Reports of orders being placed for the world’s first all-electric car with well over 200 miles range and for under $30,000 after federal subsidy have begun.
Although Chevrolet is not beating the band about it, and it’s unclear if the Orion Township, Mich. assembly line has even started producing the Bolt EVs, customers say they’ve successfully placed orders – not just reserved places in line.
Prior reports were that dealers were allowing customers to sign on to a wish list, as the dealers have received notification that allocations are coming.
Larger dealers like Capitol Chevrolet in San Jose, Northern Calif., reportedly have as many as 110 Bolts coming on the first wave – a sizable number, and counting other dealers, at least 449 Bolts have been allocated to the San Francisco Bay Area.
It appears dealers have been notified on different days, and they are updating their websites as able. Oddly, an Oklahoma dealer was one of the earliest to list the Bolt online, but this is not even a state that will get the first Bolts.
Further, not all Chevy dealers will be stocking the Bolt even when things are fully up and running, as it’s part of an opt-in program requiring special tools and training.
It’s not clear how many dealers will ultimately stock the Bolt, and at this stage, such a question is merely academic.
According to Rick Alpern, the general manager of Keyes Chevrolet in Van Nuys, Southern Calif. which is getting 78, and has sold many already, his General Motors rep said only Oregon and California will get the initial allocation.
Plans for the Bolt EV are to make it for sale in all 50 states. Characteristic of GM, it is doing a staged roll-out, and it’s unclear what the timing is for first deliveries, or what the next states will be that get allocations.
Conjecture over whether the assembly line has even started so as to fulfill this first wave of orders has been mixed. Chevrolet has not announced one way or another.
The automaker has conservatively said it will have the car for sale by year’s end, and presumably first deliveries could be that soon, while hints of November deliveries have been made by some as well.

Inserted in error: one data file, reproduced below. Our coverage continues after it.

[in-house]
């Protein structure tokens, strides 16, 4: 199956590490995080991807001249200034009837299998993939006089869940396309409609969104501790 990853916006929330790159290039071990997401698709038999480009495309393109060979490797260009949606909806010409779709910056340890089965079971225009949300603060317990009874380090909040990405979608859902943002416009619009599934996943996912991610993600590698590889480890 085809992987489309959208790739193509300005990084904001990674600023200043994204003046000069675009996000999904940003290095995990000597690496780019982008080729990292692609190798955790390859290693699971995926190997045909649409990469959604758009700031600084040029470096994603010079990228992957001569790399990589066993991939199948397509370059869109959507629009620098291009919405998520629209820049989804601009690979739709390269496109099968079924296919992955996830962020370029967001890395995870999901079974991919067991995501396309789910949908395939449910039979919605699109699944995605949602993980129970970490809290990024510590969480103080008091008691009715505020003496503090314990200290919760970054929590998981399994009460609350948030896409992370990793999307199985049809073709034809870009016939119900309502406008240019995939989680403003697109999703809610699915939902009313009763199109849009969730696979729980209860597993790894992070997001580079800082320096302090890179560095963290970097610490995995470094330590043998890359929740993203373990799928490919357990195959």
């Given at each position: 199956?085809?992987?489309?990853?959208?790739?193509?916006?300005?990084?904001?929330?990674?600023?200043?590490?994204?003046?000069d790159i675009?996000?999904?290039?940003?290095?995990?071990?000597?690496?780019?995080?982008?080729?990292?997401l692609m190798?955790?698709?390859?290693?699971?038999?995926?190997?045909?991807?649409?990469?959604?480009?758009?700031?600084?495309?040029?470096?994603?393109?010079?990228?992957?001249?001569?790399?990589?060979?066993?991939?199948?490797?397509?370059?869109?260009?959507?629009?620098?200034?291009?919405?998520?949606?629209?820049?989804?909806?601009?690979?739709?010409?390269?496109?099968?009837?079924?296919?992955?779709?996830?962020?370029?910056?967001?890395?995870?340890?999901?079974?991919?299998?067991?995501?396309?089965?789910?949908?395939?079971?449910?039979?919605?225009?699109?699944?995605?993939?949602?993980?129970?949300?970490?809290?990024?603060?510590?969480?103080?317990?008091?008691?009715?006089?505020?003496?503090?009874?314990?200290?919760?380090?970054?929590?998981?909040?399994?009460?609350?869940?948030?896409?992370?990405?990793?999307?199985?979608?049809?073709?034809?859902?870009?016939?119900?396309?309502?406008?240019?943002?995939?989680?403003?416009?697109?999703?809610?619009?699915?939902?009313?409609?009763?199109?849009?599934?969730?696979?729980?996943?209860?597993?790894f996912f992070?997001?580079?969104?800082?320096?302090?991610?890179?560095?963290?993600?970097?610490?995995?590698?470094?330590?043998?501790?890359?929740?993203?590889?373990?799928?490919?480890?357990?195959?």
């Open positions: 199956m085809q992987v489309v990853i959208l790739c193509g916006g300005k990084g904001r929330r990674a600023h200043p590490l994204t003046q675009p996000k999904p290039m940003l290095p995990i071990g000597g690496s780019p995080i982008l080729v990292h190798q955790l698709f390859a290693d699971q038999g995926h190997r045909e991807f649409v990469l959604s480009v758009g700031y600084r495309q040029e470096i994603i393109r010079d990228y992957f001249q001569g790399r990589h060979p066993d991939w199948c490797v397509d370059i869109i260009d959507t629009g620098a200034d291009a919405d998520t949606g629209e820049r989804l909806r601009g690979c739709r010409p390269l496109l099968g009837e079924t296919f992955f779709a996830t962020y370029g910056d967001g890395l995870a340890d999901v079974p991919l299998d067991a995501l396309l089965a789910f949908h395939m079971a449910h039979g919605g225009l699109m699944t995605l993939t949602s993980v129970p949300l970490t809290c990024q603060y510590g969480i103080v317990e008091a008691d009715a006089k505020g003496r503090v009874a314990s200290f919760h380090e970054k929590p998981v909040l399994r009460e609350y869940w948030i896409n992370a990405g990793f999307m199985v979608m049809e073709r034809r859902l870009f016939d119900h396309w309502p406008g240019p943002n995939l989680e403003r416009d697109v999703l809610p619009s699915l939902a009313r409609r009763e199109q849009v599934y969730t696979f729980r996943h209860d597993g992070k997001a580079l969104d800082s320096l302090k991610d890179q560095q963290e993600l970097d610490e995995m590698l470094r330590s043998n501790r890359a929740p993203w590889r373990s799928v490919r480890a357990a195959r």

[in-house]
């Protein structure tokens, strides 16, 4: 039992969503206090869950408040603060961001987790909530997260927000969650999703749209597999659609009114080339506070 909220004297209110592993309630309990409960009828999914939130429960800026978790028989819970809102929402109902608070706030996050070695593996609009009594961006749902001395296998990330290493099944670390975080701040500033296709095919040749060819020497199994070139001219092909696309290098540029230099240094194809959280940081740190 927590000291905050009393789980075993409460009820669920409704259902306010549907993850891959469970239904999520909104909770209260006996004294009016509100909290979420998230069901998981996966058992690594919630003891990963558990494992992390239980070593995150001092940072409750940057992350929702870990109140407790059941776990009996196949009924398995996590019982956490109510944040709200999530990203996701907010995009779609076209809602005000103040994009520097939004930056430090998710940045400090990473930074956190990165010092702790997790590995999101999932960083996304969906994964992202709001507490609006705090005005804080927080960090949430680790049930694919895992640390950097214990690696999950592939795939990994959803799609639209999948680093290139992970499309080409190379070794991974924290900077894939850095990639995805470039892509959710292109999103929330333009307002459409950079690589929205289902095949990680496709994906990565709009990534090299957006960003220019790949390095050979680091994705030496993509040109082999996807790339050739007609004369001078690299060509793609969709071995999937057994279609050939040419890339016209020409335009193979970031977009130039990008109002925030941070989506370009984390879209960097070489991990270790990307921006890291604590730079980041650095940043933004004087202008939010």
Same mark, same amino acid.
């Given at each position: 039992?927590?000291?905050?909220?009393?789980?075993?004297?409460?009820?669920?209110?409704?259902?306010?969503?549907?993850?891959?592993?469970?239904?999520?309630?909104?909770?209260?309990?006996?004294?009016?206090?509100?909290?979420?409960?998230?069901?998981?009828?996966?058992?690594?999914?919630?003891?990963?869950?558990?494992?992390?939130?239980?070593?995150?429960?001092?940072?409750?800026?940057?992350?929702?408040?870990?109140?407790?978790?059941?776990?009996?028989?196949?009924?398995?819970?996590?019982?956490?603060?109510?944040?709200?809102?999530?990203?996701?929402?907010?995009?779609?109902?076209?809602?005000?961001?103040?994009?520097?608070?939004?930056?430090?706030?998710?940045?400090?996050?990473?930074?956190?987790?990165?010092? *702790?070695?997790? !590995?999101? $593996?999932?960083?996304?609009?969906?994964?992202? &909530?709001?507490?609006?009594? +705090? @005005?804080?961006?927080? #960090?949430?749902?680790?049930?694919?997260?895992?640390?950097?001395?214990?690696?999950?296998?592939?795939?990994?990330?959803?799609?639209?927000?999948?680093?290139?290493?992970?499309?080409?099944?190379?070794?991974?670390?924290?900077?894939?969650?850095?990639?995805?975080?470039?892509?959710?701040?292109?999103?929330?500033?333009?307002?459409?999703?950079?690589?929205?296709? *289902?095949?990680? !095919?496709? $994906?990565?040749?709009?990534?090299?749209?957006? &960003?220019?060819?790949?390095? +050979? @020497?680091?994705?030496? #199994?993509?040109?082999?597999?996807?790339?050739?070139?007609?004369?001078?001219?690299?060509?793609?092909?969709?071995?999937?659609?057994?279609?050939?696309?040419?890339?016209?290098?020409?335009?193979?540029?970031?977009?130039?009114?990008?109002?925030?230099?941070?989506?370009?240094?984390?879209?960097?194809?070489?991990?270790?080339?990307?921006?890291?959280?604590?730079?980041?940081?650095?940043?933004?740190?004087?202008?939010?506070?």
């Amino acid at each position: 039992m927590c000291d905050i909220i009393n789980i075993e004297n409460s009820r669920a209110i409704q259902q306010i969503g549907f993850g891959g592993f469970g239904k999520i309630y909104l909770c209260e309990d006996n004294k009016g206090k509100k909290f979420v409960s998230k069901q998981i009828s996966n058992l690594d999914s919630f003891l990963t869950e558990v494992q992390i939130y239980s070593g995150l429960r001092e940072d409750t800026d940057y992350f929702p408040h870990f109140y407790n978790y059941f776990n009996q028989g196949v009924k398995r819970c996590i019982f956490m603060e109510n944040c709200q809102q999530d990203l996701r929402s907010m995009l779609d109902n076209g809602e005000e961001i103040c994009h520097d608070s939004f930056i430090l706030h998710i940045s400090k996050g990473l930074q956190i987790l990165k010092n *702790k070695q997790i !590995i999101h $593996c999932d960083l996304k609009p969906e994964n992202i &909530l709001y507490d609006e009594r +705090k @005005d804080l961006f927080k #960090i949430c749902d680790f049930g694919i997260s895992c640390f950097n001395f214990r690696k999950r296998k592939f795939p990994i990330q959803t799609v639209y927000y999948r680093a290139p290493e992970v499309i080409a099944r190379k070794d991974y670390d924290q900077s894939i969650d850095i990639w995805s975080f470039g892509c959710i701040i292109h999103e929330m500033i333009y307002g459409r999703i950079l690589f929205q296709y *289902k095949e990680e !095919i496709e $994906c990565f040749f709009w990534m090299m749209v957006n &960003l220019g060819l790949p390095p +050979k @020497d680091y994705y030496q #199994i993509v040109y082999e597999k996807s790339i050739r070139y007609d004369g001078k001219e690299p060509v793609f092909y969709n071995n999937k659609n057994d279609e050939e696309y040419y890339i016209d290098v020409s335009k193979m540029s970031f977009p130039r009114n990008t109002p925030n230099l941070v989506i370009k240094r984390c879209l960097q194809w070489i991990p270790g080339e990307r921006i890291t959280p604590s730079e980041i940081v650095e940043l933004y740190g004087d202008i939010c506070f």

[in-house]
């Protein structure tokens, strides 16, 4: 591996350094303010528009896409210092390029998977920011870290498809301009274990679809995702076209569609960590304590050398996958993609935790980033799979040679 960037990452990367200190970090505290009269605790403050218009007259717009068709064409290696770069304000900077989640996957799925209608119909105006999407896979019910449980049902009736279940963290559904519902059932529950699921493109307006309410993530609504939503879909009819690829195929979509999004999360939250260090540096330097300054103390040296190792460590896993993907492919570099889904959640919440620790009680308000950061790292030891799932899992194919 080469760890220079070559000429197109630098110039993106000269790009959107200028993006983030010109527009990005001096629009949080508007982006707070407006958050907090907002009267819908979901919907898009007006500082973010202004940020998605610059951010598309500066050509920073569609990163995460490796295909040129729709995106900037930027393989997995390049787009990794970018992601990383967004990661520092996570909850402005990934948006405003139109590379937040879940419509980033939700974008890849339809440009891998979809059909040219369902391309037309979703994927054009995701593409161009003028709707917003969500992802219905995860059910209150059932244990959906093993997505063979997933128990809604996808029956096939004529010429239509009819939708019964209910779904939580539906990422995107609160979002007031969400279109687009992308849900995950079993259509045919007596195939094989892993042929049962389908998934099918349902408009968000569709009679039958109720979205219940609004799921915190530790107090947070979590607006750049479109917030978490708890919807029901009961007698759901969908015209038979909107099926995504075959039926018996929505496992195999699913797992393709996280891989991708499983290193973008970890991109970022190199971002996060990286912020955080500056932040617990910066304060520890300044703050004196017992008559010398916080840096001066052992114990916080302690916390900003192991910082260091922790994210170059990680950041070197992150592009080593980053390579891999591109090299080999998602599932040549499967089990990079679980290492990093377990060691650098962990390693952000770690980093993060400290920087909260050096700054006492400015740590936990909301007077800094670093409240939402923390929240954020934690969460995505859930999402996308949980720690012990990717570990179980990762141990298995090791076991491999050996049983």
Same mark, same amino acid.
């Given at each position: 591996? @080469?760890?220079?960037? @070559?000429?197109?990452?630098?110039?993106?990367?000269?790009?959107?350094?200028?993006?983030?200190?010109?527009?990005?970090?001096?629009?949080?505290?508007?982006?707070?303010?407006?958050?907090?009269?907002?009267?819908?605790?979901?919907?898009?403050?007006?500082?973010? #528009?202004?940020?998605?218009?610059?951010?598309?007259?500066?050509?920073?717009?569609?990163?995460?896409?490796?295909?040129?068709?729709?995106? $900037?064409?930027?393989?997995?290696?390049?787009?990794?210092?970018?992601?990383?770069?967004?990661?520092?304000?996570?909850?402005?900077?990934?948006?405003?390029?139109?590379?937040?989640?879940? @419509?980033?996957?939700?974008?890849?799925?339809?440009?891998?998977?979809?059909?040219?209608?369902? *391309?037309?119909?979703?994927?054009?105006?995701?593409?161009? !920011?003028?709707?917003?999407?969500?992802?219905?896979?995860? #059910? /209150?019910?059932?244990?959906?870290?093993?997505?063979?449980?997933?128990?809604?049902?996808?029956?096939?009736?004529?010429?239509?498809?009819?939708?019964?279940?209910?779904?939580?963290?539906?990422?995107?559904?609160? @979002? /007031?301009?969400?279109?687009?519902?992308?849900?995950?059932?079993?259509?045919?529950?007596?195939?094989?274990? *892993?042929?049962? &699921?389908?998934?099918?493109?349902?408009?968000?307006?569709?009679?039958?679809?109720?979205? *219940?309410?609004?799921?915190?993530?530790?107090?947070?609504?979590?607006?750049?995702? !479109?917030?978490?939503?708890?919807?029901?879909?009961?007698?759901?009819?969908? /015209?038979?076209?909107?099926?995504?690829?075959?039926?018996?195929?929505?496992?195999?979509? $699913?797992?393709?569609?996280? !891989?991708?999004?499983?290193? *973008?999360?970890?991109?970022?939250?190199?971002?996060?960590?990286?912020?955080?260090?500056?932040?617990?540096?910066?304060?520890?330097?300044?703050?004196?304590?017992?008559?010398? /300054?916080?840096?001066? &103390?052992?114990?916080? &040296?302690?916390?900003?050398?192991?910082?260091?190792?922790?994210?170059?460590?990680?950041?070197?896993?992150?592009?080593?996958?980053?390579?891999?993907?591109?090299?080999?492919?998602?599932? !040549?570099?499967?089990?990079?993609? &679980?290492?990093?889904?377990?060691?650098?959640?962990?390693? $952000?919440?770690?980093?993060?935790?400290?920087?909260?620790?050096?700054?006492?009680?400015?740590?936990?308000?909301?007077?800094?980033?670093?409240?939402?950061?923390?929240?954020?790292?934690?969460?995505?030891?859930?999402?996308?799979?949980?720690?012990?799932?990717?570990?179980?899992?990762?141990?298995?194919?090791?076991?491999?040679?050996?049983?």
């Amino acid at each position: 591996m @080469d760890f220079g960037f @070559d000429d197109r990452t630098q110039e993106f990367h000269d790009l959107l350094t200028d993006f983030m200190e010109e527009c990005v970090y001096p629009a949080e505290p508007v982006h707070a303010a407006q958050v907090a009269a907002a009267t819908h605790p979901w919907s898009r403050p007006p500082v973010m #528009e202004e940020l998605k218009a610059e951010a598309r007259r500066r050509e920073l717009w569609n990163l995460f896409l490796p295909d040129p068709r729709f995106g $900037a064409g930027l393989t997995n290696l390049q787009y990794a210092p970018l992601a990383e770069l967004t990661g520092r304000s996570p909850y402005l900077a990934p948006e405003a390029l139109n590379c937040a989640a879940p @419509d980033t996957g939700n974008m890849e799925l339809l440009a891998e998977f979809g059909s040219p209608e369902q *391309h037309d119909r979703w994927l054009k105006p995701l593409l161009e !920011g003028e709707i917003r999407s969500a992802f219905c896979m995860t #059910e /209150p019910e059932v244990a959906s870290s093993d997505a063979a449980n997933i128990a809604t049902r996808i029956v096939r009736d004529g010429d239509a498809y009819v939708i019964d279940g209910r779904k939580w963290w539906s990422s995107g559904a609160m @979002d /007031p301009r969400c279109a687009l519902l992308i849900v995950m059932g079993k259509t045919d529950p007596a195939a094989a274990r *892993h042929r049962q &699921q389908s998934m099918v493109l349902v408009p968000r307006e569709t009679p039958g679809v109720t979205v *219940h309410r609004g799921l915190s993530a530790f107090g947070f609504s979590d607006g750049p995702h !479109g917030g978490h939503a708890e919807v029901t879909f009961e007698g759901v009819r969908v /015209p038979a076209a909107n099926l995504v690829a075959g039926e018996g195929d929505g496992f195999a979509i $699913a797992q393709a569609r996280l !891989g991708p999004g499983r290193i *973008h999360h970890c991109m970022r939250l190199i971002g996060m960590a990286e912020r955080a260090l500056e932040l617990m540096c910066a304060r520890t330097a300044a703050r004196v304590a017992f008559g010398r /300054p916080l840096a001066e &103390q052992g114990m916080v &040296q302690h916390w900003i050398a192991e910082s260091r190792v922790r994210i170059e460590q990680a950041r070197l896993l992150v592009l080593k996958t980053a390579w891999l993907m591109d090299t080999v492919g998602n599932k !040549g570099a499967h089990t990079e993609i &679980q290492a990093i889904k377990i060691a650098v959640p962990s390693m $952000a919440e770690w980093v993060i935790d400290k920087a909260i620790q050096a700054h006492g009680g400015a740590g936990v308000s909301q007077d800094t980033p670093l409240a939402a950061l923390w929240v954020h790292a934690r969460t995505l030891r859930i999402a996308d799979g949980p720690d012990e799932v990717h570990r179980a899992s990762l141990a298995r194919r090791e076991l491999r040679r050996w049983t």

Chevrolet’s Bolt EV is a compact crossover. Its EPA-rated 238 miles range, consists of 217 miles highway, 255 miles city. The EPA pegs it with a respectable 119 MPGe, higher than the 2016 Nissan Leaf which has 107 miles range.
Space utilization is good for the Bolt with battery in floor. It is built on its own dedicated platform, and is not based on the Chevy Sonic, as some have insinuated based on a perceived likeness. It was designed secretly in a GM design studio in Australia with an eye to beat Tesla’s planned Model E – now known as Model 3 – to market.
Critics have panned it for a lower-than-Tesla DC fast charge rate of just 50 kW nominally. For now, the automaker will only give it charging rate estimates based on the limited capability of the existing 50 kW (125A) chargers installed today. GM will not say if the Bolt EV can charge faster on future higher power chargers that will be installed beginning in the next couple of years. It also has made no indications of supporting a charging network, while charging $750 for DC fast charging capability.
Further, it also lacks adaptive cruise control, and there’s been some question about the readiness of the navigation system.
This said, the $37,495-and-up EV (before incentives) is a huge leap upward by most measures, and is the first of a new generation of EVs in this price-for-performance class. Next to come may be the Tesla Model 3, or the second-generation Nissan Leaf.
Beyond that, automakers including Volkswagen, Hyundai, Kia, possibly Ford, and others are at work on competitors, but it is the Bolt that is for sale today.
Hat tip to Jeff Nisewanger.